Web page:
Tumors of the Central Nervous System (CNS) are masses of abnormal cells in the brain that have grown out of control. In most other parts of the body, it is very important to distinguish between benign and malignant tumors. Benign tumors do not grow into nearby tissues or spread to distant areas, so in other parts of the body are almost never life threatening. One of the main reasons that malignant tumors are so dangerous is that they can spread throughout the body. Although tumors of the nervous system rarely spread to other parts of the body, instead most of these can be spread through brain tissue. Even so-called benign tumors can, as they grow, cause pressure and destroy normal brain tissue, causing damage that often results in disability and sometimes death.
Tumors that originate in the brain (primary tumors) are not the same as those tumors that start in other organs and then spread to the brain (metastatic tumors or secondary tumors). In adults, metastatic nervous system tumors are in reality, more common than primary. Primary tumors of the nervous system can begin in almost any tissue or cell type within the brain or spinal cord. Some tumors have a combination of cell types.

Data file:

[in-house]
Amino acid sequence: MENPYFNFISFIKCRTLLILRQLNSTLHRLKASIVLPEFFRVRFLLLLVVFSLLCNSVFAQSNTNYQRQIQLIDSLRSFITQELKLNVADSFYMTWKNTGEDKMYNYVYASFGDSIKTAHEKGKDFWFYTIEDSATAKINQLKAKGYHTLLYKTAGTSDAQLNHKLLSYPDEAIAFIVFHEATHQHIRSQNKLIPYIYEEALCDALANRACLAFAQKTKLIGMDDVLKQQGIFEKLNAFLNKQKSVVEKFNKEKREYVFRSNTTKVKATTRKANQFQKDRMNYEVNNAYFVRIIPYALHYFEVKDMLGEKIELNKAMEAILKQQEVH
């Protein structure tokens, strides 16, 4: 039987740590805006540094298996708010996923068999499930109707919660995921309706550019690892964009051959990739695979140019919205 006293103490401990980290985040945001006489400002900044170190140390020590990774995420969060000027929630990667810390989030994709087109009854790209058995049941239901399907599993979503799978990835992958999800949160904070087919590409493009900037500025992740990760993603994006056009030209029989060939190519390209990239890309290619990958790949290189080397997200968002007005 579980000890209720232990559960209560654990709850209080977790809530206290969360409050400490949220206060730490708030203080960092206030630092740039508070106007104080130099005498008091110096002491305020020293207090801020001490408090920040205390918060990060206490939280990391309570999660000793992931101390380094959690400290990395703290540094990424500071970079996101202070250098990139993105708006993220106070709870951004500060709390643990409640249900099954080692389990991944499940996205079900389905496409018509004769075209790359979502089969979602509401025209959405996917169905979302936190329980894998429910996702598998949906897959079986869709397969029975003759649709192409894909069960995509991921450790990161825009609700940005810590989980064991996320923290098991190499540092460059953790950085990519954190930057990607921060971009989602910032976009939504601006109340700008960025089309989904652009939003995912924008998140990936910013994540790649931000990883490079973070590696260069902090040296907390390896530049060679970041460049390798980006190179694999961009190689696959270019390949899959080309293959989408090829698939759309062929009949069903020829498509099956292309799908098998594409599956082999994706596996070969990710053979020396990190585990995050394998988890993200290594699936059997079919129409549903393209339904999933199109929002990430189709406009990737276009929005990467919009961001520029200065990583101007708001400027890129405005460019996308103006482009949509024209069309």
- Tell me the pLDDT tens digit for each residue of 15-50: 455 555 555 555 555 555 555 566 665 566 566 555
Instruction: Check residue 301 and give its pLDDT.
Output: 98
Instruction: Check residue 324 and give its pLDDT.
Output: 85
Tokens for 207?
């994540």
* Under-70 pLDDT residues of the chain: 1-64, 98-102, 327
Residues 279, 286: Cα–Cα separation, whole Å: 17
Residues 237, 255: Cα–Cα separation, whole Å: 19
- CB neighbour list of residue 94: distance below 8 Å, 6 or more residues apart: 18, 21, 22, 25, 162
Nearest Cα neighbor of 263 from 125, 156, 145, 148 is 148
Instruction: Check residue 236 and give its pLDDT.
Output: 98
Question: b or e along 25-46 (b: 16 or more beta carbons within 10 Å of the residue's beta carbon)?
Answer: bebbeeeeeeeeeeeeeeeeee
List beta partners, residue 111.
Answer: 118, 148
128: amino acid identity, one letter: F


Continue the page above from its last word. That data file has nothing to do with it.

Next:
Gliomas are a group of tumors that start in glial cells. Several tumors can be considered gliomas, including glioblastoma (also known as glioblastoma multiforme), astrocytomas, oligodendrogliomas, and ependymomas. About three in 10 of all brain tumors are gliomas. Gliomas are brain tumors that grow faster.
Meningiomas arise from the meninges (the layers of tissue that surround the outside of the brain and spinal cord). About one in three primary brain tumors and spinal cord tumors are meningiomas. These are the most common brain tumor in adults.